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  • Low Blood Pressure

    Does anyone have some suggestions for increasing blood pressure? I've hard that both salt and licorice can be used (I already salt, and I hate licorice!) But I'm sure there are others.

    My blood pressure is usually at the extremely low end of 'normal', around 90/60.

    And while before I actually used to think, 'wow that's great, it's not high', it's actually not. I go numb if my limbs are elevated, such as having a massage, or even sleeping at night (lying with my hands on my belly) and it's sometimes difficult to get medical procedures done, as they are too worried about my low blood pressure.

    Know you guys aren't medical doctors... but any nutrition or exercise tips would be great.

    The other slightly worrying thing is that my pulse rate seems rather elevated in comparison, often coming in in the 80 - 90 bpm range! I'm reading this to mean that my heart is having to work really hard... which can't be a good thing. Isn't 'normal' resting around 60 bpm!?
    SW: 68 kg. * CW: 61.5 kg. * GW: 60 kg or less...
    “Your work is to discover your work and then with all your heart to give yourself to it.” ~ Buddha

  • #2
    This is interesting. My partner has low blood pressure also but not high heart rate. She is a nurse and posts here frequently. I will ask what she thinks when she gets home from work. She might have some thoughts on the matter.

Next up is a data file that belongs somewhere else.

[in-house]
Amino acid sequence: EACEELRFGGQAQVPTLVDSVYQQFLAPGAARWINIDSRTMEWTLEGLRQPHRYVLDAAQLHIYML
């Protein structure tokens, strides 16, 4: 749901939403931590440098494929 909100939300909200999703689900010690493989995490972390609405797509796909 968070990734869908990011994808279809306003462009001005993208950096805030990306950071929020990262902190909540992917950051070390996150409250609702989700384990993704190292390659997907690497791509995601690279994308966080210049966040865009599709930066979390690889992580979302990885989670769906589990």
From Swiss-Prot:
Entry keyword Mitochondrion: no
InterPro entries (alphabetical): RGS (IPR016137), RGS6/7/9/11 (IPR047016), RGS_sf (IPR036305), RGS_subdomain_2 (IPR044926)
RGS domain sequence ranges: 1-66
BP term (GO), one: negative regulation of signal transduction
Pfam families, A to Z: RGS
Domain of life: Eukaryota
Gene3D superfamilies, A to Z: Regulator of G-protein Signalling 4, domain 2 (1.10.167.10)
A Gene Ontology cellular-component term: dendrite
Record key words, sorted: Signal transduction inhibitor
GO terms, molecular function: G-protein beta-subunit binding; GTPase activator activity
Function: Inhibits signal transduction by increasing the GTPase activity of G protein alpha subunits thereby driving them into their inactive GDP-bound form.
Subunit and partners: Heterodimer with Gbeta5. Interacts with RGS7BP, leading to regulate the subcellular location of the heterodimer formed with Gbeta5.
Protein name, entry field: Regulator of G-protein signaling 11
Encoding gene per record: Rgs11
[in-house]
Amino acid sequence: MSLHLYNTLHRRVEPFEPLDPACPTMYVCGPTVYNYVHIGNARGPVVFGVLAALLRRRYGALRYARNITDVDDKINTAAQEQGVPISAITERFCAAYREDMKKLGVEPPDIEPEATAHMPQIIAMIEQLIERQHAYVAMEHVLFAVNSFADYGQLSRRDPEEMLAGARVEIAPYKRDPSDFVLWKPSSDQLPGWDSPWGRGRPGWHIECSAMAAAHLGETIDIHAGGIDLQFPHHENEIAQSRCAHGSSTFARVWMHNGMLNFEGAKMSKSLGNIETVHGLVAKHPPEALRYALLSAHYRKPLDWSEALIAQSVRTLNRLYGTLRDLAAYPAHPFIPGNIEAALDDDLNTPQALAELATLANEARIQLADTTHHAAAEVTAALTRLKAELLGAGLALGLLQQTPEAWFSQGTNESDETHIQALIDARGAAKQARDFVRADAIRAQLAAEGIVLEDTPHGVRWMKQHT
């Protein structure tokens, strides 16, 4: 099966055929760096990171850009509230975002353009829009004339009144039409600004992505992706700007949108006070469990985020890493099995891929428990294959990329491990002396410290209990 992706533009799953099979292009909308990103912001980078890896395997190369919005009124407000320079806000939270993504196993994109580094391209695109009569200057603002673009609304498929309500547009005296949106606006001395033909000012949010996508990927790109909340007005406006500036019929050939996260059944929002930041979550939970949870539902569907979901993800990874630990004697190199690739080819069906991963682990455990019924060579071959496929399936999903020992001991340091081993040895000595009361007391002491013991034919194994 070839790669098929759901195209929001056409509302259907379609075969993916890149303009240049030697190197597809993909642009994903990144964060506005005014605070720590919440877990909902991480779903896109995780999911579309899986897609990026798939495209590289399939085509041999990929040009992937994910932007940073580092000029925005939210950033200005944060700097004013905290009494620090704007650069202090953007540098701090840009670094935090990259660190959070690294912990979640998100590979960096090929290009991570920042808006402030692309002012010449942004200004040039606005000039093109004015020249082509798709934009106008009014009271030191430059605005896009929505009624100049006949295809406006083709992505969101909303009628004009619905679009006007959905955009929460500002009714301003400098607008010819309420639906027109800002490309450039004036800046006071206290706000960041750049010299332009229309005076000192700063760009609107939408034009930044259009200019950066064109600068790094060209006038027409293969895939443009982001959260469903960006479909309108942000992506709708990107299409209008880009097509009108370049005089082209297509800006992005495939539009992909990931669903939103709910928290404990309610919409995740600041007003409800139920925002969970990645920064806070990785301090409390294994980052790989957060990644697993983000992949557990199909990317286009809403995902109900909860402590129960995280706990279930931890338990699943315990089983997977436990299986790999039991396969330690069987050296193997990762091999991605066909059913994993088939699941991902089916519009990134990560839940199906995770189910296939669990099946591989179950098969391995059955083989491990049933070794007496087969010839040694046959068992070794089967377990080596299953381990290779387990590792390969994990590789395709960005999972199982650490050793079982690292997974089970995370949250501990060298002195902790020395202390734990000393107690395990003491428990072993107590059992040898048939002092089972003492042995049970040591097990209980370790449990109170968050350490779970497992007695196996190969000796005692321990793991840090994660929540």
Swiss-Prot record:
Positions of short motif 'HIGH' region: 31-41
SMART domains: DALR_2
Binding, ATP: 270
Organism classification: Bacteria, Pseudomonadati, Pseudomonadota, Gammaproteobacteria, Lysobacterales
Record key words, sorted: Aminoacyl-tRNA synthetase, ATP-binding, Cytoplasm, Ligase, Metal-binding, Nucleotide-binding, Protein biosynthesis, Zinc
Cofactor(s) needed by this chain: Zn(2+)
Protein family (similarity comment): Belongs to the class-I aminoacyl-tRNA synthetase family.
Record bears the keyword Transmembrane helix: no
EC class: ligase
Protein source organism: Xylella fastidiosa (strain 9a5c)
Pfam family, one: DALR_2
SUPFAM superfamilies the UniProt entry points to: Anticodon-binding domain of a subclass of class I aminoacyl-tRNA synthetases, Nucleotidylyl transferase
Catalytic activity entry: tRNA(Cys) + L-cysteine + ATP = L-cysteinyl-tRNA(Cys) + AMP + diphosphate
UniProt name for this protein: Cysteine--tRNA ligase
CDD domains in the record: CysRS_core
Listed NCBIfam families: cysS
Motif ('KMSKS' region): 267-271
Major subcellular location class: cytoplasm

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    • #3
      I hate licorice but take the herb in a tincture just fine. Honey fried licorice is really good!

      You likely need adrenal support too. Read Dr. James Wilson's book Adrenal Fatigue in the 21st Century to learn more about it. I really like his supplement line and I've tried a lot. A simple test to see if you have adrenal fatigue is shine a light by your eye. A healthy person's pupil will contract and hold the contraction. The pupil of a person with adrenal fatigue will contact but let go multiple times before settling.

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      • #4
        Low blood pressure can be a sign of low aldosterone (a hormone created by the adrenal glands). I think a blood test can check for this.

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        • #5
          I would suggest seeing a cardiologist or at the very least, have your regular doctor send you for an echocardiogram. I suggest this only because some diseases of the heart muscle, such as hypertrophic cardiomyopathy, can manifest themselves with both low blood pressure and high heart rate. In HCM, which I have myself, the thickened heart muscle has to work extra hard to push blood around so the result is both low blood pressure due to decreased blood volume, and high heartrate due to having to work extra hard. Better safe than sorry. I would have it checked out to be sure.